– Erik, college sophomore
College parties involving alcohol are common nationwide, and about one-quarter of all college students are binge drinkers. Twenty-year-old Erik says he is not a binge drinker, and one big reason is a conversation his mother had with him in the summer before his freshman year. “She told me, ‘I’m not naïve. I know you are going to drink. Just drink in moderation, don’t be stupid,’” Erik says.
That kind of warning, and particularly its timeliness, can be very effective, according to a study from Boise State University in Idaho. If mothers talk to their teens about alcohol during the period between high school and college, kids listen, the study found.
After one or more conversations with mom, the odds that a college student will binge drink fell from an estimated one-in-four, to as low as one-in-ten, according to the Idaho study.
A lot of what moms tell us as we grow up tends to stick with us for years, says Gary Santavicca, a family psychologist. “Whether we agree with or want to hear something that she has to say, typically since mother occupies such an important role in our lives, we are going to recall things that she communicates strongly and clearly to us,” Santavicca says.
The Idaho study also tested the effectiveness of specific warnings some mothers gave their kids. Most effective, moms should explain that drinking only makes problems worse, not better. Also, they should put into plain words how drinking could get teens in trouble with police, and how being caught drinking might lead to the publication of their arrest in the newspaper.
Erik says every time he drinks, he remembers what his mother told him about alcohol. “What bounces around in my head when I go to parties, use your head, and have a DD. All the time. Designated Driver all the time, that’s the most important thing,” Erik says.
Tips for Parents
Numerous studies conducted in recent years have noted the prevalence and dangers associated with binge drinking among college students. For example, some studies have revealed that the highest proportion of drinkers, heavy drinkers, and individuals with multiple substance dependencies have tended to be concentrated within the usual age range for college students.
According to research, some of the risks of binge drinking episodes include:
unplanned sexual activity
alcohol-related driving injuries and fatalities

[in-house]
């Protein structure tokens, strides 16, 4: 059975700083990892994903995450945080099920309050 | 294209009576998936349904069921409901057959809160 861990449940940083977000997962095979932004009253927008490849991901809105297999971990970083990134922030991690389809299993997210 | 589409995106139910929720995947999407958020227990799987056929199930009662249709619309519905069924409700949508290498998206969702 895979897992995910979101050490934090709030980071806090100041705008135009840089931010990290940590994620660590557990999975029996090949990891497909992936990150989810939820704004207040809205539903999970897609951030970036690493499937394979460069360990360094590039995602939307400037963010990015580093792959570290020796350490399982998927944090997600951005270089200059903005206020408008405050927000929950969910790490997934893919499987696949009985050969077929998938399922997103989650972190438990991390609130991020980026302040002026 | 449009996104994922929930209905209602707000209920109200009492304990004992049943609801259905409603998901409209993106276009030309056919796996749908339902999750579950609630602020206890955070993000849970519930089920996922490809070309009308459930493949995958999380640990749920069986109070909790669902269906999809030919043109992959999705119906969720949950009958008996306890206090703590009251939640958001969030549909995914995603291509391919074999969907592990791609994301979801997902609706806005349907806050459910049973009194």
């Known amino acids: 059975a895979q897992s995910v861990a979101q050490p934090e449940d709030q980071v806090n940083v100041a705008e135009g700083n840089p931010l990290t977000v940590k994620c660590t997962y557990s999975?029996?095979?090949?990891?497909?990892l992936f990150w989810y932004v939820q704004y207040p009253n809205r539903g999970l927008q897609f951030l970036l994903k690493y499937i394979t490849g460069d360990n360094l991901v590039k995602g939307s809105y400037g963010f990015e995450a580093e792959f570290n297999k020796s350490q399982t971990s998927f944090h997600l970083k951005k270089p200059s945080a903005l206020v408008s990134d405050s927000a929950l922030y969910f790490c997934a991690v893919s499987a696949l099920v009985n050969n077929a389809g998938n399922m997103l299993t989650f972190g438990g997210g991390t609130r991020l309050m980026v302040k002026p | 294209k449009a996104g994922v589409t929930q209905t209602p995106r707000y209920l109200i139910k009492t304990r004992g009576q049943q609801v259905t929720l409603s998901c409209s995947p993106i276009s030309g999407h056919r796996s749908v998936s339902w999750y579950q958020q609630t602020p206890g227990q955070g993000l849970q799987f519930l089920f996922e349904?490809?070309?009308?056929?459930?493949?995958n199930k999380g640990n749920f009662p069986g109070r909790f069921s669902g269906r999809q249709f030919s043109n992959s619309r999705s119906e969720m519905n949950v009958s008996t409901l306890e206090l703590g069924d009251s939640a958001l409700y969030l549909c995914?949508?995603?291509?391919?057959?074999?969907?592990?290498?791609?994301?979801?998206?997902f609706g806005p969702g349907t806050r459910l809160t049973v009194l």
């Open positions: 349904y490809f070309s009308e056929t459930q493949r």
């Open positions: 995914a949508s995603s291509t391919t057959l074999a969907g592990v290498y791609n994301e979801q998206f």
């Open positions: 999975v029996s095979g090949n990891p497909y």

sexual and physical assaults
trouble with campus and local police
Researchers have also found evidence for a relationship between parental characteristics and teen drinking tendencies. Some of the parental characteristics and beliefs associated with less teen drinking tendencies include:
parents' attitudes and beliefs about teens not drinking
limited parental alcohol consumption
parental disapproval approval of teen alcohol consumption
parental modeling of appropriate behavior
parental monitoring of the teenager
the quality of the parent—teen relationship
family management practices
A study, published in the journal Psychology of Addictive Behaviors, shows evidence that discussions of the risks of binge drinking between mothers and teens in the summer immediately preceding the adolescent’s first year of college can help to reduce or prevent binge drinking episodes for those teens. The researchers found that student beliefs about the positive or negative effects of drinking predicted binge-drinking activities. Specifically, if students believe that drinking improved their social behavior or lifestyle, they were more likely to use alcohol and have a tendency to binge drink. According to the authors of the study, however, if mothers talked with students about the negative effects of alcohol and the consequences of drinking, the teens were less likely to do so. In fact, additional preliminary studies indicate that one or more mother-teen discussions before attending college can reduce the statistical risk of those students participating in binge drinking activities from 20% to 10%.
The influence of parents on their teenage children’s use and abuse of alcohol can be very strong. The following suggestions, excerpted from a National Institute on Alcohol Abuse and Alcoholism publication, provide ideas for ways that parents can positively influence their teens’ alcohol related behaviors.
Monitor alcohol use in the home
Connect with other parents to discuss potential alcohol problems among peer groups
Keep track of your teen’s activities, particularly after-school and on weekends.
Develop family rules about teen drinking. Incorporate family values and beliefs about appropriate behavior into the family rules for drinking.
Set a good example. Modeling appropriate behavior in the use of alcohol (i.e. don’t drink and drive) can be an important teaching tool to help your teen with drinking related decisions.
Don’t support teen drinking.
Help your child build healthy relationships.
Encourage healthy alternatives to alcohol.
Boise State University
National Institute on Alcohol Abuse and Alcoholism